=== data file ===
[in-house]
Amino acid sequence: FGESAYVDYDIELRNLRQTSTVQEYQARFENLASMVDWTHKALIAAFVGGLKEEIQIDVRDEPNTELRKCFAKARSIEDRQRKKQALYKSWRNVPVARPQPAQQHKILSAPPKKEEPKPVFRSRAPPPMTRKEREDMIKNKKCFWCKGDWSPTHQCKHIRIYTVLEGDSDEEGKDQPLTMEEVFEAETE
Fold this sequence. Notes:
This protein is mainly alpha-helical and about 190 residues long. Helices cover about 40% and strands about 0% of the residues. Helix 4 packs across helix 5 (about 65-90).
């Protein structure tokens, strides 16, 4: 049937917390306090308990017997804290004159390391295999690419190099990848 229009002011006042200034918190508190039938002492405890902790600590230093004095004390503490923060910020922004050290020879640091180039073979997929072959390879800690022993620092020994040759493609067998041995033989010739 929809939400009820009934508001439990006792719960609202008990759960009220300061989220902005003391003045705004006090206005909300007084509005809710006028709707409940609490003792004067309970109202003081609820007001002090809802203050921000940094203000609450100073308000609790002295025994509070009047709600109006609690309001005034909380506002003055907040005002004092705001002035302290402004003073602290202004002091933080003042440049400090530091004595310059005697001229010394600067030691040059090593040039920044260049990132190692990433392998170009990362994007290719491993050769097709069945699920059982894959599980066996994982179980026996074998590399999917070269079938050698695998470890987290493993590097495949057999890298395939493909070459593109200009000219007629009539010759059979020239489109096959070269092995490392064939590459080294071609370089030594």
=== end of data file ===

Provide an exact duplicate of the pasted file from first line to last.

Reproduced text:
[in-house]
Amino acid sequence: FGESAYVDYDIELRNLRQTSTVQEYQARFENLASMVDWTHKALIAAFVGGLKEEIQIDVRDEPNTELRKCFAKARSIEDRQRKKQALYKSWRNVPVARPQPAQQHKILSAPPKKEEPKPVFRSRAPPPMTRKEREDMIKNKKCFWCKGDWSPTHQCKHIRIYTVLEGDSDEEGKDQPLTMEEVFEAETE
Fold this sequence. Notes:
This protein is mainly alpha-helical and about 190 residues long. Helices cover about 40% and strands about 0% of the residues. Helix 4 packs across helix 5 (about 65-90).
């Protein structure tokens, strides 16, 4: 049937917390306090308990017997804290004159390391295999690419190099990848 229009002011006042200034918190508190039938002492405890902790600590230093004095004390503490923060910020922004050290020879640091180039073979997929072959390879800690022993620092020994040759493609067998041995033989010739 929809939400009820009934508001439990006792719960609202008990759960009220300061989220902005003391003045705004006090206005909300007084509005809710006028709707409940609490003792004067309970109202003081609820007001002090809802203050921000940094203000609450100073308000609790002295025994509070009047709600109006609690309001005034909380506002003055907040005002004092705001002035302290402004003073602290202004002091933080003042440049400090530091004595310059005697001229010394600067030691040059090593040039920044260049990132190692990433392998170009990362994007290719491993050769097709069945699920059982894959599980066996994982179980026996074998590399999917070269079938050698695998470890987290493993590097495949057999890298395939493909070459593109200009000219007629009539010759059979020239489109096959070269092995490392064939590459080294071609370089030594």